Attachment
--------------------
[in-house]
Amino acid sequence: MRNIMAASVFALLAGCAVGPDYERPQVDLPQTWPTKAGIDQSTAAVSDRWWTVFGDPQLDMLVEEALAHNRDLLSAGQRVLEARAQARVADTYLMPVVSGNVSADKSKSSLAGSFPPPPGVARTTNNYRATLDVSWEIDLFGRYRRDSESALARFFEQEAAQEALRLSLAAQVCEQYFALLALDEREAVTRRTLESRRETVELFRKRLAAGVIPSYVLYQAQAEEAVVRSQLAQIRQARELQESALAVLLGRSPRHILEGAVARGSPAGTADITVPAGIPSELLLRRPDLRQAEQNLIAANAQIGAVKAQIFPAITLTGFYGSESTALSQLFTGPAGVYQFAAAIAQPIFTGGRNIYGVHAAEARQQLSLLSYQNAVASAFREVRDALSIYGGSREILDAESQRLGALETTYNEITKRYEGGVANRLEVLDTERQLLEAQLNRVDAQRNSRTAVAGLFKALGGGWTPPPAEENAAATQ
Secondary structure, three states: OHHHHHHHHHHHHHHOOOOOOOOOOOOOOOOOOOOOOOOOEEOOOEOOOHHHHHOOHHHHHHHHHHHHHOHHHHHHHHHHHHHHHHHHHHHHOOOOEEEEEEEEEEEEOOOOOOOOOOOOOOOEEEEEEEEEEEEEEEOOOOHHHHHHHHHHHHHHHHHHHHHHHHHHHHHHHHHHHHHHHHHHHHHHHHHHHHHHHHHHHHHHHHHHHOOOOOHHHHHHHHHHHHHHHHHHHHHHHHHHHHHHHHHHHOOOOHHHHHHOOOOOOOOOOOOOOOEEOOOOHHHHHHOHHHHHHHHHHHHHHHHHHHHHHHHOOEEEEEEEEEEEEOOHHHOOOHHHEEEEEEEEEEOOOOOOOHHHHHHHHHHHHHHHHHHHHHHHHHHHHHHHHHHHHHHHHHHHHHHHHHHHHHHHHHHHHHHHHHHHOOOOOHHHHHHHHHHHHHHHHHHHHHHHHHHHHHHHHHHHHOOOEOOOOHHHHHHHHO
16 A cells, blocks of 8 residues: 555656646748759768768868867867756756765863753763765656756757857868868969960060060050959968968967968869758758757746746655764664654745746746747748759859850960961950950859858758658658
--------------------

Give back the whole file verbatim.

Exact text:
[in-house]
Amino acid sequence: MRNIMAASVFALLAGCAVGPDYERPQVDLPQTWPTKAGIDQSTAAVSDRWWTVFGDPQLDMLVEEALAHNRDLLSAGQRVLEARAQARVADTYLMPVVSGNVSADKSKSSLAGSFPPPPGVARTTNNYRATLDVSWEIDLFGRYRRDSESALARFFEQEAAQEALRLSLAAQVCEQYFALLALDEREAVTRRTLESRRETVELFRKRLAAGVIPSYVLYQAQAEEAVVRSQLAQIRQARELQESALAVLLGRSPRHILEGAVARGSPAGTADITVPAGIPSELLLRRPDLRQAEQNLIAANAQIGAVKAQIFPAITLTGFYGSESTALSQLFTGPAGVYQFAAAIAQPIFTGGRNIYGVHAAEARQQLSLLSYQNAVASAFREVRDALSIYGGSREILDAESQRLGALETTYNEITKRYEGGVANRLEVLDTERQLLEAQLNRVDAQRNSRTAVAGLFKALGGGWTPPPAEENAAATQ
Secondary structure, three states: OHHHHHHHHHHHHHHOOOOOOOOOOOOOOOOOOOOOOOOOEEOOOEOOOHHHHHOOHHHHHHHHHHHHHOHHHHHHHHHHHHHHHHHHHHHHOOOOEEEEEEEEEEEEOOOOOOOOOOOOOOOEEEEEEEEEEEEEEEOOOOHHHHHHHHHHHHHHHHHHHHHHHHHHHHHHHHHHHHHHHHHHHHHHHHHHHHHHHHHHHHHHHHHHHOOOOOHHHHHHHHHHHHHHHHHHHHHHHHHHHHHHHHHHHOOOOHHHHHHOOOOOOOOOOOOOOOEEOOOOHHHHHHOHHHHHHHHHHHHHHHHHHHHHHHHOOEEEEEEEEEEEEOOHHHOOOHHHEEEEEEEEEEOOOOOOOHHHHHHHHHHHHHHHHHHHHHHHHHHHHHHHHHHHHHHHHHHHHHHHHHHHHHHHHHHHHHHHHHHHOOOOOHHHHHHHHHHHHHHHHHHHHHHHHHHHHHHHHHHHHOOOEOOOOHHHHHHHHO
16 A cells, blocks of 8 residues: 555656646748759768768868867867756756765863753763765656756757857868868969960060060050959968968967968869758758757746746655764664654745746746747748759859850960961950950859858758658658